When I was in high school – back in the middle of the last century – we had a home poker game that I hated. Everyone else seemed to love this game. But I thought there was something about it that made it antithetical to the natural rules of poker – everyone being for himself. The game was Anaconda.
Anaconda involved passing cards to other players – something I thought should never be allowed. It struck me as an invitation for collusion – or at the very least for punishing someone you didn't like. Even so, I learned to put up with it. And now, like rock and roll that I also detested, I look back on it fondly – if only for nostalgic reasons.
Here's how it's played – or at least how we played. Different groups of players may have had slight variations.
The game was played high low declare.
The dealer dealt seven cards face down to each player. There was a round of betting. Then each player passed three of his cards to his left. There was another round of betting. Then each player passed two cards to his left. There was another round of betting. Finally, the last passing round, and each player passed a final card to his left.
We then added a "roll your own" feature. Each player would then arrange his cards as he wished them to be turned over. He would put his stack down in front of him. The order of the cards could no longer be changed. Each player would then turn over one card. The high hand showing would start the betting as they would in a stud game. There would be a round of betting following each up card that was turned up.
We rolled six cards face up and then we declared high, low, or high-low. Following the declare there was a final round of betting with the best declared high hand and the best declared low hand splitting the pot.
The game seemed wild and crazy. But here's the kicker to it all. It was a game that greatly favored the conservative skilled poker player. The winning hand values were quite high, with the passing of cards back and forth. And the conservative player could fold all but the highest value hands. And then, with the seven additional rounds of betting after the cards were passed, he could soak his looser opponents.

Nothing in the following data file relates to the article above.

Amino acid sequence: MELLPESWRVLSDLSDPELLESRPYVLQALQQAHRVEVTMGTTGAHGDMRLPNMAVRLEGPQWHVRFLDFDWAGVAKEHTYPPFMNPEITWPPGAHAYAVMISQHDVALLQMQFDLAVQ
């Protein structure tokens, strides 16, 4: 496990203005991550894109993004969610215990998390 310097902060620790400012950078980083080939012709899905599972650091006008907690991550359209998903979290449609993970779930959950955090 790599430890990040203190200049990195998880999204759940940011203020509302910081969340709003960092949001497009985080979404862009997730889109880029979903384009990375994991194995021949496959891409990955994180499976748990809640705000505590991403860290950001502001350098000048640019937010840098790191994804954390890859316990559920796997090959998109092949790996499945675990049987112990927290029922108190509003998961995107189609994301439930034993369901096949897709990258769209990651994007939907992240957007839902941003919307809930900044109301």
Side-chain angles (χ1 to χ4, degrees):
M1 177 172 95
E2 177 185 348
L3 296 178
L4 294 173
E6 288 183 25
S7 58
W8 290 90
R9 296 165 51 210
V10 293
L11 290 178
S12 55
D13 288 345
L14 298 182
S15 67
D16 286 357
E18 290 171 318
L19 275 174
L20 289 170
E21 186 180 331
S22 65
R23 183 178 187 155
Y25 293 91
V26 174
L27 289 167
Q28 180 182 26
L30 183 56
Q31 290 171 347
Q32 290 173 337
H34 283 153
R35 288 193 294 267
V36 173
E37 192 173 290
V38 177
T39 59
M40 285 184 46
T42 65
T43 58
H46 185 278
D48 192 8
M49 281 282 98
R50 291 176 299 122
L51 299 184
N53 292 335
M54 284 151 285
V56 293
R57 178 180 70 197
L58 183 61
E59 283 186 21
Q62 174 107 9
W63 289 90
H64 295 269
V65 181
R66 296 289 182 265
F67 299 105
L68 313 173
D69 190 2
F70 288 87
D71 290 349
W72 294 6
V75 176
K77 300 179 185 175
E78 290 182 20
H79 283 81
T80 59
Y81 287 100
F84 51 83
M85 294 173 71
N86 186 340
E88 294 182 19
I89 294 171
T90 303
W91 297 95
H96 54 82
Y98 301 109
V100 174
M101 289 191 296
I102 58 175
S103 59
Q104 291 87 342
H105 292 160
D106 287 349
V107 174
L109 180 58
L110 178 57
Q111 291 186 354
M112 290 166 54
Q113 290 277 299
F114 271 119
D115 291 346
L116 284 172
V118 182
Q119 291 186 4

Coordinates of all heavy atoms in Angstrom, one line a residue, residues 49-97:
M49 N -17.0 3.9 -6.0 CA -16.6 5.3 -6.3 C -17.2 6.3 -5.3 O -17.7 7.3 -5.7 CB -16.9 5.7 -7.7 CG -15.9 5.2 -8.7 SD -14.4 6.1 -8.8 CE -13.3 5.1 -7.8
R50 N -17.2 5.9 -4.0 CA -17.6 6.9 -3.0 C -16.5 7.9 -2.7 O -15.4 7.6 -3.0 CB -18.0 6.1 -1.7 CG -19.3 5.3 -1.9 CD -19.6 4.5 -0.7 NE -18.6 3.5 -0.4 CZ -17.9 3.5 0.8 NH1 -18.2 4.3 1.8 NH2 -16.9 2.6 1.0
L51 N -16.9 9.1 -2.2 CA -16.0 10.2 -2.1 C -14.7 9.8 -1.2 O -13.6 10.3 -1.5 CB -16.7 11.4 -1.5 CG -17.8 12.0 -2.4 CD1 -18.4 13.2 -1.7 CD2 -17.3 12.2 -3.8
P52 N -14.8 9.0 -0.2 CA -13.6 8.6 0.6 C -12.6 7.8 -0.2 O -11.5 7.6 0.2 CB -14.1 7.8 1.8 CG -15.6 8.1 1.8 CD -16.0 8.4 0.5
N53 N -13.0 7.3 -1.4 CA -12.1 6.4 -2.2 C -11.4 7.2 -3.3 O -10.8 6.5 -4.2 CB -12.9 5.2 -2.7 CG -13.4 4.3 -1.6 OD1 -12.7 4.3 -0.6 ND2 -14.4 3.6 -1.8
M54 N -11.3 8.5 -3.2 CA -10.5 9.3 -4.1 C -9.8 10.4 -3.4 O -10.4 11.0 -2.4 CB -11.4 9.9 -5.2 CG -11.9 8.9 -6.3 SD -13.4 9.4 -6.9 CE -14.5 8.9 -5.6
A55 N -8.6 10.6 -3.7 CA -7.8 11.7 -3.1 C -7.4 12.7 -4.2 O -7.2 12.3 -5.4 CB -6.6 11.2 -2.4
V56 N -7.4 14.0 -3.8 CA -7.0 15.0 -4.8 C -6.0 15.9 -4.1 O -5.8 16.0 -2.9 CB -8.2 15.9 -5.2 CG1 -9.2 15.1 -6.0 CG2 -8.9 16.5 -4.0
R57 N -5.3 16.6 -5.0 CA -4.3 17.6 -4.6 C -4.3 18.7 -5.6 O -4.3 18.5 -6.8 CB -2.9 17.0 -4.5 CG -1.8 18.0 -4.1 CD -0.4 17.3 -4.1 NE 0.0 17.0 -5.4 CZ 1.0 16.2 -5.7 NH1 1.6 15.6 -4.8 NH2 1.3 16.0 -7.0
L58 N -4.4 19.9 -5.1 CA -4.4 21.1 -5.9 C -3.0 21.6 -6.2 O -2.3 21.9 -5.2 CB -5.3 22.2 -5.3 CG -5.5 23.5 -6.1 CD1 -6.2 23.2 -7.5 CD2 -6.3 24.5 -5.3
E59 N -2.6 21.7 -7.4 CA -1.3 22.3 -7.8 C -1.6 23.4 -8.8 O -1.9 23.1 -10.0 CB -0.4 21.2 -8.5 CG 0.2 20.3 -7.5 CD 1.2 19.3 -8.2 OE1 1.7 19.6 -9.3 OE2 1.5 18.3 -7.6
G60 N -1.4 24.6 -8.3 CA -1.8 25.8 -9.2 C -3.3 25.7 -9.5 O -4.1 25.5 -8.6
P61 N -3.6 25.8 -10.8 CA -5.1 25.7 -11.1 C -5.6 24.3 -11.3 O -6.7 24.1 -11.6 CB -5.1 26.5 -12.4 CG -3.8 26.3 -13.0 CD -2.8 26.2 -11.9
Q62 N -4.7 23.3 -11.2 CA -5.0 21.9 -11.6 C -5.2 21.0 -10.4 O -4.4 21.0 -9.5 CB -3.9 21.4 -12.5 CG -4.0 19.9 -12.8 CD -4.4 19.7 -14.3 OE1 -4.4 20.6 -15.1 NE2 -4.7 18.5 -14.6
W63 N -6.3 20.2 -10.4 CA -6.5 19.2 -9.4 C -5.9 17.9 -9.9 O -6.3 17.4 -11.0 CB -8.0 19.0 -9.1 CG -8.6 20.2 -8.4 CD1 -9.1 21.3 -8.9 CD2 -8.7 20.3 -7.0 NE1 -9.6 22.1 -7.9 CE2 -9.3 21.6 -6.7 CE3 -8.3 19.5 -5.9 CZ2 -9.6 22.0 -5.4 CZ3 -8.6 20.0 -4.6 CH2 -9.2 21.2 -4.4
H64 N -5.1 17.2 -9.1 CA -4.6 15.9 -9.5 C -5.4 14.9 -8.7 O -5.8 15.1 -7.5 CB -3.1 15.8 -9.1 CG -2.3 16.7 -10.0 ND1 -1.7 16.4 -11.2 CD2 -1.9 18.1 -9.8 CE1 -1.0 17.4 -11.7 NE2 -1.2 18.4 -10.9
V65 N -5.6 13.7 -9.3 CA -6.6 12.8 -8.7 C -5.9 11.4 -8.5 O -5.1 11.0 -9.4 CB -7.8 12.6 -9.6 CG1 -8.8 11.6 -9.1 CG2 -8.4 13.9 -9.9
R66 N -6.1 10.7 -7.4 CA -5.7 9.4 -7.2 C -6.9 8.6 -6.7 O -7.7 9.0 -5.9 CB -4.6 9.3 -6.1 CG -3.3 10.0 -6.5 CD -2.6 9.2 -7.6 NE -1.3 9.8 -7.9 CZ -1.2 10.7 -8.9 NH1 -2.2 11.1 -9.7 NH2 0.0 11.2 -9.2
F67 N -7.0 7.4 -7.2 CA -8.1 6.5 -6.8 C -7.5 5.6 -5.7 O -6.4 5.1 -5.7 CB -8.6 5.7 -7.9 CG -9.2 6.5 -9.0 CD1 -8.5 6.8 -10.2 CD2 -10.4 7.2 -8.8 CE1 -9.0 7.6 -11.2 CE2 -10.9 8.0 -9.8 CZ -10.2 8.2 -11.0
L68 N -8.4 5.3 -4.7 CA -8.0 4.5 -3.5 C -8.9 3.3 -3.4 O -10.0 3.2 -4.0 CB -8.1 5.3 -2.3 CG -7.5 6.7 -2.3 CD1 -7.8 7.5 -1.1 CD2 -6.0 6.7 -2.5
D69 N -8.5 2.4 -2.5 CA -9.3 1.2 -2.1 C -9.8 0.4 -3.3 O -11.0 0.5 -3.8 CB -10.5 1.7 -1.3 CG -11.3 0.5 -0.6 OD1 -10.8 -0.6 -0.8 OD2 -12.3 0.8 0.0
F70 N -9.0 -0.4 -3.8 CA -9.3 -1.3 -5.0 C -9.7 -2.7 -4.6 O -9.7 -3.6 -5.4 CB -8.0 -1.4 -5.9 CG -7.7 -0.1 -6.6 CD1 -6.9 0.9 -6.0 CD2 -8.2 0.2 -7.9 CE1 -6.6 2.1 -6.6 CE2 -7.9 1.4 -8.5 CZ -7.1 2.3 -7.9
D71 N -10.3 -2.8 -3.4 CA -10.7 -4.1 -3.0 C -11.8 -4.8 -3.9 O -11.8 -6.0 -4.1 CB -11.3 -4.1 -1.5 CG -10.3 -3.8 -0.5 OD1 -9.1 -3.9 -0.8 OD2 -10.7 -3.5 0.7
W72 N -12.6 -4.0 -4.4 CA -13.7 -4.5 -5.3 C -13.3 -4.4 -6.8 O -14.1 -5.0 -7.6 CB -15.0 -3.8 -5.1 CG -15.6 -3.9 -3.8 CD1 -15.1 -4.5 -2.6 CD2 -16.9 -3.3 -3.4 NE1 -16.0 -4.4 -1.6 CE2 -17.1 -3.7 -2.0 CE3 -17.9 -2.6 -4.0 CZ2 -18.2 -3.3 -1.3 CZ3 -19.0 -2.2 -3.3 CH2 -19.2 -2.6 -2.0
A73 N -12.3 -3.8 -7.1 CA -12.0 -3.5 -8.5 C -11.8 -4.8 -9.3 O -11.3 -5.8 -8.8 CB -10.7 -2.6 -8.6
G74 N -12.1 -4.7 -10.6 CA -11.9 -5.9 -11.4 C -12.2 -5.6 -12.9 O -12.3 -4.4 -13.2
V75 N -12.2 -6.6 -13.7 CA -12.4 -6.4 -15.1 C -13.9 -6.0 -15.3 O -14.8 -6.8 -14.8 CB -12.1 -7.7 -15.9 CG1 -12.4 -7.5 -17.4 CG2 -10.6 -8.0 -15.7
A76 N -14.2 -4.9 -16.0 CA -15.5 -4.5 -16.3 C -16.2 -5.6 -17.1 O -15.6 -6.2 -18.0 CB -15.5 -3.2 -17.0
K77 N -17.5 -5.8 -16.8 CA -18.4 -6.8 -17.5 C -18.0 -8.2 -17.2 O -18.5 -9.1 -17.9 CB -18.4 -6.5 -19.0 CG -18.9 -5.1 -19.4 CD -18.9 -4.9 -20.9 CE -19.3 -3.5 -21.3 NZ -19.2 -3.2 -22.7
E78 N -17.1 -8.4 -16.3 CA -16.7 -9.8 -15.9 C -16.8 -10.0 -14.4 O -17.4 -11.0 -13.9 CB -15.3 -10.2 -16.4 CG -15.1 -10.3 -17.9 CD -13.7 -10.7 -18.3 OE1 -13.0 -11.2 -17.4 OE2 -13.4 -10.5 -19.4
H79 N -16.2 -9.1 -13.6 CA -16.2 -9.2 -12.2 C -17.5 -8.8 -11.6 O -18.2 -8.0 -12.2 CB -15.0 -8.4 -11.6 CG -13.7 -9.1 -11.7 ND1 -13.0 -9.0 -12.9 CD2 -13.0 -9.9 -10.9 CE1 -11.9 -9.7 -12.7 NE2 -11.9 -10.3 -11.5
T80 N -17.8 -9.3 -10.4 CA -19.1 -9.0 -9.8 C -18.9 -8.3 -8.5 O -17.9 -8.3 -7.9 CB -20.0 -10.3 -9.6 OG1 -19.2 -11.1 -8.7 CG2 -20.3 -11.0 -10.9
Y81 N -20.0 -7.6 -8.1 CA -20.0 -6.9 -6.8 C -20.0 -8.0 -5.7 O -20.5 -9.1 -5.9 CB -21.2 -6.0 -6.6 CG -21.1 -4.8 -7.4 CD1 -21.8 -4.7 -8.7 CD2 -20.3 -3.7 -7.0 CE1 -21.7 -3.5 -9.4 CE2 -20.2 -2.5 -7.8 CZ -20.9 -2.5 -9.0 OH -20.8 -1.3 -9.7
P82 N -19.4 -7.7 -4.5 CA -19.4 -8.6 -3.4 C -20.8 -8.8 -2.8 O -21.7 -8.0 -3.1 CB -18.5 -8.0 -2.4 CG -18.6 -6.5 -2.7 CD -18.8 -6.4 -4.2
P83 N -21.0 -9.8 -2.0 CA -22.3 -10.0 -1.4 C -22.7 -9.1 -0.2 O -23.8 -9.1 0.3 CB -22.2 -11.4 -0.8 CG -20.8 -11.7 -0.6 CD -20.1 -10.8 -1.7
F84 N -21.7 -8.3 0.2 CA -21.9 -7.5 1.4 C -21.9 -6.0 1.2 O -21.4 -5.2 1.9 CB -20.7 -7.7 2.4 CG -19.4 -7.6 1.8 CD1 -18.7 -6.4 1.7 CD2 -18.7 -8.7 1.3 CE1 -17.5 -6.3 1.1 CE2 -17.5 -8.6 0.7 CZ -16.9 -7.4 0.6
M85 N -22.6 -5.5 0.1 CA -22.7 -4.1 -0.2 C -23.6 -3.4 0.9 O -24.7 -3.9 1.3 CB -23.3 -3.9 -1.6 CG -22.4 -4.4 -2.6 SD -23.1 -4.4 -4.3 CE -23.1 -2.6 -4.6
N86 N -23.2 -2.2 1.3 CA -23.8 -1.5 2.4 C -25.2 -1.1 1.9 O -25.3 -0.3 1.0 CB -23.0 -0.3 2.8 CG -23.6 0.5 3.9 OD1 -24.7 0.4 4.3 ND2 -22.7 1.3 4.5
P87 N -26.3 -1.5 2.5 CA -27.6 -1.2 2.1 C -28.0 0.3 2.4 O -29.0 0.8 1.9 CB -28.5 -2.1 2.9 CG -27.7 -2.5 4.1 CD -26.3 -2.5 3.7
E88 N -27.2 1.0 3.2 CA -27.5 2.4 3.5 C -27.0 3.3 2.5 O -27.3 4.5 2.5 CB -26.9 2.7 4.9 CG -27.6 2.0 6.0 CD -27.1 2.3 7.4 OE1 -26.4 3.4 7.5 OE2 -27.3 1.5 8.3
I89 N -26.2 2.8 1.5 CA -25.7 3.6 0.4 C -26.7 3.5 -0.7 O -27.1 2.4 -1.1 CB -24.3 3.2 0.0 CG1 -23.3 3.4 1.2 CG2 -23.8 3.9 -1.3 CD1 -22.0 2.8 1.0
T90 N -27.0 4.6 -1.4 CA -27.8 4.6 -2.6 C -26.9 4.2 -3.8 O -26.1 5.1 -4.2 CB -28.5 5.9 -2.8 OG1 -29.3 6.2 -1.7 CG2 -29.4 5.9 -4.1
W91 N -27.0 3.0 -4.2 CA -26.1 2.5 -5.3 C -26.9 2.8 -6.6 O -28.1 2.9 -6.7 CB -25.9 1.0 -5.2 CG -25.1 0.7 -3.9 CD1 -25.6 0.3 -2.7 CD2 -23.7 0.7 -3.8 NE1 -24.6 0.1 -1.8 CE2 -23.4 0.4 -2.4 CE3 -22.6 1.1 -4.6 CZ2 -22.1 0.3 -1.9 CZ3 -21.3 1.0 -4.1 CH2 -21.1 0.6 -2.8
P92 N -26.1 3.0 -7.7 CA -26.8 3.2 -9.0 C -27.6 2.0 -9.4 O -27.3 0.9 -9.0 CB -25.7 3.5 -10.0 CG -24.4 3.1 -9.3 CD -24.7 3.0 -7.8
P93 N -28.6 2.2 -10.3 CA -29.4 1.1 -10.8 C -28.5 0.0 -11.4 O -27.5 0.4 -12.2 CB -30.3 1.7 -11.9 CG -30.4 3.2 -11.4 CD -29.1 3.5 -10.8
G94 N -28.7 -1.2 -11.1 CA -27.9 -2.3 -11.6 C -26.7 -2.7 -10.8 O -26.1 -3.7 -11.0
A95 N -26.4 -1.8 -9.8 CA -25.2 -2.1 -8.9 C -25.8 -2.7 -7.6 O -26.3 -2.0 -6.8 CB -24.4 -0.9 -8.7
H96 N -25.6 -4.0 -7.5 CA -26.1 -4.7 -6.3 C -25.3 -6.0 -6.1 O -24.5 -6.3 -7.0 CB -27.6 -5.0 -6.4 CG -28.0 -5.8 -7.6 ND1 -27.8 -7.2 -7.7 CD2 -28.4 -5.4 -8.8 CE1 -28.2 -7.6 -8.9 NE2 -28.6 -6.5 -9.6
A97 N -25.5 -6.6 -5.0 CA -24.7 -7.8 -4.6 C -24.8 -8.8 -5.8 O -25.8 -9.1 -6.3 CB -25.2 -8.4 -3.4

The game also favored the player skilled in reading his opponent for high or low – since he could often sneak in for half the pot by manipulating his opponents with raises while reading the exposed cards. Also, if you were adept enough at poker to think about the cards that you were passed, you could often get a read on what your opponent was holding based on the cards he passed you.
Say, for example, that your opponent kept passing you high cards. It was a pretty good notion that he was trying to make a really good low. On the other hand, if he passed you low cards he might have either already made a really good low – or he might have been going for a big full house.
With good card memory you could also remember what remained in some of your opponent's hand based on what you passed him. Think about it. If in the final passing round you passed the guy to your left the King of Spades and he had six cards showing at the end – but hadn't exposed the King of Spades, then you knew with certainty what his unexposed card was. That could make a huge difference.
This game is great when your opponents are drunk or not paying attention but you are. It's the perfect game to exploit the skill differential between you and other players. On retrospect, I think I love this game!